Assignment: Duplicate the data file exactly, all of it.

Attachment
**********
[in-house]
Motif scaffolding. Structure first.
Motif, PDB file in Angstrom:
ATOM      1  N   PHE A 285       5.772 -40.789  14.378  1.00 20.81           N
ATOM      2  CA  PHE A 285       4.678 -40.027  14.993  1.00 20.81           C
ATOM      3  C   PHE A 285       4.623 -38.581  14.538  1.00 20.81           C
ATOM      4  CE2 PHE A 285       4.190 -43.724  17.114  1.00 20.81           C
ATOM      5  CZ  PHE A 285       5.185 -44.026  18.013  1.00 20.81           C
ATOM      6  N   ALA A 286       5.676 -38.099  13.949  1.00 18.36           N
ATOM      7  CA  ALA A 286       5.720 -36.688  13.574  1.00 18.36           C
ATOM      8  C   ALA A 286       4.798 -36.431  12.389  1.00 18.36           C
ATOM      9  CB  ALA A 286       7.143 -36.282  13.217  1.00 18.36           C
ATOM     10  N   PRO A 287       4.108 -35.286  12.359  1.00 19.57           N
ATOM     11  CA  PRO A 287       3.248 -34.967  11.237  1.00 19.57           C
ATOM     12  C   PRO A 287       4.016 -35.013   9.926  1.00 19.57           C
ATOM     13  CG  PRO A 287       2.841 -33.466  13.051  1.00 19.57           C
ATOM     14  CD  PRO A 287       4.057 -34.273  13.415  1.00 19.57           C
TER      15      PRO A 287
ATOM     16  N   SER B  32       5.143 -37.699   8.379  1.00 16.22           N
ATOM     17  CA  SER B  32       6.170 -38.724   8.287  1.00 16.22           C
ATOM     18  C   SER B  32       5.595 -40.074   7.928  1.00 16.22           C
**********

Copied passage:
[in-house]
Motif scaffolding. Structure first.
Motif, PDB file in Angstrom:
ATOM      1  N   PHE A 285       5.772 -40.789  14.378  1.00 20.81           N
ATOM      2  CA  PHE A 285       4.678 -40.027  14.993  1.00 20.81           C
ATOM      3  C   PHE A 285       4.623 -38.581  14.538  1.00 20.81           C
ATOM      4  CE2 PHE A 285       4.190 -43.724  17.114  1.00 20.81           C
ATOM      5  CZ  PHE A 285       5.185 -44.026  18.013  1.00 20.81           C
ATOM      6  N   ALA A 286       5.676 -38.099  13.949  1.00 18.36           N
ATOM      7  CA  ALA A 286       5.720 -36.688  13.574  1.00 18.36           C
ATOM      8  C   ALA A 286       4.798 -36.431  12.389  1.00 18.36           C
ATOM      9  CB  ALA A 286       7.143 -36.282  13.217  1.00 18.36           C
ATOM     10  N   PRO A 287       4.108 -35.286  12.359  1.00 19.57           N
ATOM     11  CA  PRO A 287       3.248 -34.967  11.237  1.00 19.57           C
ATOM     12  C   PRO A 287       4.016 -35.013   9.926  1.00 19.57           C
ATOM     13  CG  PRO A 287       2.841 -33.466  13.051  1.00 19.57           C
ATOM     14  CD  PRO A 287       4.057 -34.273  13.415  1.00 19.57           C
TER      15      PRO A 287
ATOM     16  N   SER B  32       5.143 -37.699   8.379  1.00 16.22           N
ATOM     17  CA  SER B  32       6.170 -38.724   8.287  1.00 16.22           C
ATOM     18  C   SER B  32       5.595 -40.074   7.928  1.00 16.22           C